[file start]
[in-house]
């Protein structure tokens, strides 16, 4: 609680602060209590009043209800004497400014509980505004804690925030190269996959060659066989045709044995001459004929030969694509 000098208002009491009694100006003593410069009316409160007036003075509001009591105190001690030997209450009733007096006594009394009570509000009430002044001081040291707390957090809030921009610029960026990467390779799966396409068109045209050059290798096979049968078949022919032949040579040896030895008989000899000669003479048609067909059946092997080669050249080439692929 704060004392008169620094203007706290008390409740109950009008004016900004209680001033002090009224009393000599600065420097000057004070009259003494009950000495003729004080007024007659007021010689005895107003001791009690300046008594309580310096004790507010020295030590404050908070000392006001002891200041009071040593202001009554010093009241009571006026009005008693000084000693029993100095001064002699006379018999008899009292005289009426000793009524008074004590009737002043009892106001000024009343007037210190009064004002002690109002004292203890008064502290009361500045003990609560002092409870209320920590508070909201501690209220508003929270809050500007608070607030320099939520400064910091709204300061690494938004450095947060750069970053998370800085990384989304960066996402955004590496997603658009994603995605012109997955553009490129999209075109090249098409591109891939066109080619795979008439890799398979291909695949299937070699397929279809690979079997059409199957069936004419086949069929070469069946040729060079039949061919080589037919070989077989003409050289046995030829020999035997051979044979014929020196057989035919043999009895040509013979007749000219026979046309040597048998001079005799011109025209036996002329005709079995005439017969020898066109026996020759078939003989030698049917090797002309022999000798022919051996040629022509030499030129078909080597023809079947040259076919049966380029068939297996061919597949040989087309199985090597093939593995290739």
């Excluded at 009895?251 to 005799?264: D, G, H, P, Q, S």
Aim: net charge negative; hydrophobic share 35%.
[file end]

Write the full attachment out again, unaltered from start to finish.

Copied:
[in-house]
């Protein structure tokens, strides 16, 4: 609680602060209590009043209800004497400014509980505004804690925030190269996959060659066989045709044995001459004929030969694509 000098208002009491009694100006003593410069009316409160007036003075509001009591105190001690030997209450009733007096006594009394009570509000009430002044001081040291707390957090809030921009610029960026990467390779799966396409068109045209050059290798096979049968078949022919032949040579040896030895008989000899000669003479048609067909059946092997080669050249080439692929 704060004392008169620094203007706290008390409740109950009008004016900004209680001033002090009224009393000599600065420097000057004070009259003494009950000495003729004080007024007659007021010689005895107003001791009690300046008594309580310096004790507010020295030590404050908070000392006001002891200041009071040593202001009554010093009241009571006026009005008693000084000693029993100095001064002699006379018999008899009292005289009426000793009524008074004590009737002043009892106001000024009343007037210190009064004002002690109002004292203890008064502290009361500045003990609560002092409870209320920590508070909201501690209220508003929270809050500007608070607030320099939520400064910091709204300061690494938004450095947060750069970053998370800085990384989304960066996402955004590496997603658009994603995605012109997955553009490129999209075109090249098409591109891939066109080619795979008439890799398979291909695949299937070699397929279809690979079997059409199957069936004419086949069929070469069946040729060079039949061919080589037919070989077989003409050289046995030829020999035997051979044979014929020196057989035919043999009895040509013979007749000219026979046309040597048998001079005799011109025209036996002329005709079995005439017969020898066109026996020759078939003989030698049917090797002309022999000798022919051996040629022509030499030129078909080597023809079947040259076919049966380029068939297996061919597949040989087309199985090597093939593995290739």
């Excluded at 009895?251 to 005799?264: D, G, H, P, Q, S």
Aim: net charge negative; hydrophobic share 35%.